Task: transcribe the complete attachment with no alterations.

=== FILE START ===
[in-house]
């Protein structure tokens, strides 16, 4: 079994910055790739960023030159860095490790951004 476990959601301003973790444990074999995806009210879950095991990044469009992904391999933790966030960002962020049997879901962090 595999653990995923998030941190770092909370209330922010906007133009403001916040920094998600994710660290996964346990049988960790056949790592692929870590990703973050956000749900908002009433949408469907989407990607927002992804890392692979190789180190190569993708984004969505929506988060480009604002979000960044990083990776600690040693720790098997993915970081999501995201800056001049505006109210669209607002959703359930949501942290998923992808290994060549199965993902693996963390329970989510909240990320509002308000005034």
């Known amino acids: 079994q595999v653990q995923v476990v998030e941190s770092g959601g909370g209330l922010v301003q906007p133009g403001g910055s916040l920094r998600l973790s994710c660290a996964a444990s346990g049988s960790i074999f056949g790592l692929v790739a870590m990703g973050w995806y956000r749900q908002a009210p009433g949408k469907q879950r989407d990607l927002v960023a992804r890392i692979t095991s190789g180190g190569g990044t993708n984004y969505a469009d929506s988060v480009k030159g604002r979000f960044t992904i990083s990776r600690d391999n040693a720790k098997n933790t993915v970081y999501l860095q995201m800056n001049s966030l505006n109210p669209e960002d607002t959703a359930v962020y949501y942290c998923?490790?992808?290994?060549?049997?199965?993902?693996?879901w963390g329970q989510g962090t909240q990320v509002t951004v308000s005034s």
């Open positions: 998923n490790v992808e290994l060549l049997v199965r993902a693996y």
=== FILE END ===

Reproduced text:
[in-house]
């Protein structure tokens, strides 16, 4: 079994910055790739960023030159860095490790951004 476990959601301003973790444990074999995806009210879950095991990044469009992904391999933790966030960002962020049997879901962090 595999653990995923998030941190770092909370209330922010906007133009403001916040920094998600994710660290996964346990049988960790056949790592692929870590990703973050956000749900908002009433949408469907989407990607927002992804890392692979190789180190190569993708984004969505929506988060480009604002979000960044990083990776600690040693720790098997993915970081999501995201800056001049505006109210669209607002959703359930949501942290998923992808290994060549199965993902693996963390329970989510909240990320509002308000005034």
């Known amino acids: 079994q595999v653990q995923v476990v998030e941190s770092g959601g909370g209330l922010v301003q906007p133009g403001g910055s916040l920094r998600l973790s994710c660290a996964a444990s346990g049988s960790i074999f056949g790592l692929v790739a870590m990703g973050w995806y956000r749900q908002a009210p009433g949408k469907q879950r989407d990607l927002v960023a992804r890392i692979t095991s190789g180190g190569g990044t993708n984004y969505a469009d929506s988060v480009k030159g604002r979000f960044t992904i990083s990776r600690d391999n040693a720790k098997n933790t993915v970081y999501l860095q995201m800056n001049s966030l505006n109210p669209e960002d607002t959703a359930v962020y949501y942290c998923?490790?992808?290994?060549?049997?199965?993902?693996?879901w963390g329970q989510g962090t909240q990320v509002t951004v308000s005034s």
């Open positions: 998923n490790v992808e290994l060549l049997v199965r993902a693996y």